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Chaoulli: CMA/COA submission regarding timeliness of access to health care

https://policybase.cma.ca/en/permalink/policy1956
Last Reviewed
2011-03-05
Date
2004-03-19
Topics
Health systems, system funding and performance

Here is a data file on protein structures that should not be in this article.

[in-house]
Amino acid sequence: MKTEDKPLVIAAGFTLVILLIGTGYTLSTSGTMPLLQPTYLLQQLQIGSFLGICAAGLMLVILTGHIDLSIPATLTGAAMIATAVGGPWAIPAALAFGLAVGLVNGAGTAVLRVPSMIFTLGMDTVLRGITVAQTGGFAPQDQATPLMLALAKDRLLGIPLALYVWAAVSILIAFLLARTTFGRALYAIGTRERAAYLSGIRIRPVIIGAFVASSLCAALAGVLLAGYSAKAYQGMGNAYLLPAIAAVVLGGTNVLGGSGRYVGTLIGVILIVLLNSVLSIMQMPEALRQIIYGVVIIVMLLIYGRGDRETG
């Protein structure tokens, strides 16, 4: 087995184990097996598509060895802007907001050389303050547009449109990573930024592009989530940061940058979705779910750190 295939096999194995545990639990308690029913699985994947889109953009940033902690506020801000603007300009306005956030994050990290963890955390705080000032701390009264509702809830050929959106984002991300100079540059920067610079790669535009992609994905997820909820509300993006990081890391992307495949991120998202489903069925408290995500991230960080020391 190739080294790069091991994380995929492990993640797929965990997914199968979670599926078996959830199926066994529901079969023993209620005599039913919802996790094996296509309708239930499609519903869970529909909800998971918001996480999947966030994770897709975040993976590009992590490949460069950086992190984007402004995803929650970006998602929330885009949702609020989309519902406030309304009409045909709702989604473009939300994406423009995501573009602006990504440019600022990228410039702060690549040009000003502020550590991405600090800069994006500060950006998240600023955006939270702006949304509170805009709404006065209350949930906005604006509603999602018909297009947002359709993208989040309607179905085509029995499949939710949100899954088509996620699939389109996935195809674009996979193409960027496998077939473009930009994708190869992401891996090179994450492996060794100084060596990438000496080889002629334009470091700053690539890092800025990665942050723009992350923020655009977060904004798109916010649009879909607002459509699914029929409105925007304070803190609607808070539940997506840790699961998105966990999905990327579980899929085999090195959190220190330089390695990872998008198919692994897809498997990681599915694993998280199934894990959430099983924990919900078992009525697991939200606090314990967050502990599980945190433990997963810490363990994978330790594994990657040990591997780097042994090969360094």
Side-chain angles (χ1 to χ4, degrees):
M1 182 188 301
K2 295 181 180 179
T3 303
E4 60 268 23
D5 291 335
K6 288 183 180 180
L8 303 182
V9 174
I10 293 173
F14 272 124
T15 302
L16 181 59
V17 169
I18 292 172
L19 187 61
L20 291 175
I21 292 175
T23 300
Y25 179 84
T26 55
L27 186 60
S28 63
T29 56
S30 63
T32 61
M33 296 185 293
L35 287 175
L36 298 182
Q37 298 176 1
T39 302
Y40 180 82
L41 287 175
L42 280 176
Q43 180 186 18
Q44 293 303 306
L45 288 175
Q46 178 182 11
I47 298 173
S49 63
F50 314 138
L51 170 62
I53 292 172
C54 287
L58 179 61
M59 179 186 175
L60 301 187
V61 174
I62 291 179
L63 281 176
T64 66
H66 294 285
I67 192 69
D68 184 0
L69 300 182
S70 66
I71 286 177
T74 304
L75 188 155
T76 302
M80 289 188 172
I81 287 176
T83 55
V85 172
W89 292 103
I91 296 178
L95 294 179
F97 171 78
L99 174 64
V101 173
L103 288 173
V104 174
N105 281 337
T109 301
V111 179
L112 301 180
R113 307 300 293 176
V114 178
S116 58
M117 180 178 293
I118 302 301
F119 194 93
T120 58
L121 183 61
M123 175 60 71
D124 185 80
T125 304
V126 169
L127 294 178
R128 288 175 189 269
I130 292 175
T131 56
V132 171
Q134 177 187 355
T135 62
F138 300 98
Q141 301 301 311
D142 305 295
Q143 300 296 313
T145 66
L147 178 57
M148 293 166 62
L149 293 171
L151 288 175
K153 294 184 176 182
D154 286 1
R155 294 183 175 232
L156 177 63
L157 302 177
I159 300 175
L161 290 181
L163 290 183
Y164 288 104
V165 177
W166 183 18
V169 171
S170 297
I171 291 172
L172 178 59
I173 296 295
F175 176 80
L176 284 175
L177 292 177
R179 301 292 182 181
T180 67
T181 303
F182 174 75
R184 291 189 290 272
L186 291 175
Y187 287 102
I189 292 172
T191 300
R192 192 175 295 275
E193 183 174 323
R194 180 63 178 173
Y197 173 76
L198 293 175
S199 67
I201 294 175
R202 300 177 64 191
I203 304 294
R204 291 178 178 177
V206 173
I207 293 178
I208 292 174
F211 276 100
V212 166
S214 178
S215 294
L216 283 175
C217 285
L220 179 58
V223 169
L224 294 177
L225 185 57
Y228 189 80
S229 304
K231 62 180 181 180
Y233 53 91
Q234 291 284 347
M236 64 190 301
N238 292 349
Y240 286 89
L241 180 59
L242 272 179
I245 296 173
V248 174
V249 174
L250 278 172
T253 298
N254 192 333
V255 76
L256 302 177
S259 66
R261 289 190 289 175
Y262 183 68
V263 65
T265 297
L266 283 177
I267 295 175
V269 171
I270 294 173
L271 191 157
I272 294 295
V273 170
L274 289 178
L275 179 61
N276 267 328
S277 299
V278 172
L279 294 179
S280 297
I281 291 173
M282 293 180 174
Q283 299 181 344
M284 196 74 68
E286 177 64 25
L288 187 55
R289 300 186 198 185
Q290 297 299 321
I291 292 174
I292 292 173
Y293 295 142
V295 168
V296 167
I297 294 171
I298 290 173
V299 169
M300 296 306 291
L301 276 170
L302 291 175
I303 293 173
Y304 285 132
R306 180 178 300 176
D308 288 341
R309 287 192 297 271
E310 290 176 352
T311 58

1 document  
Policy Type
Court submission
Last Reviewed
2011-03-05
Date
2004-03-19
Topics
Health systems, system funding and performance
Text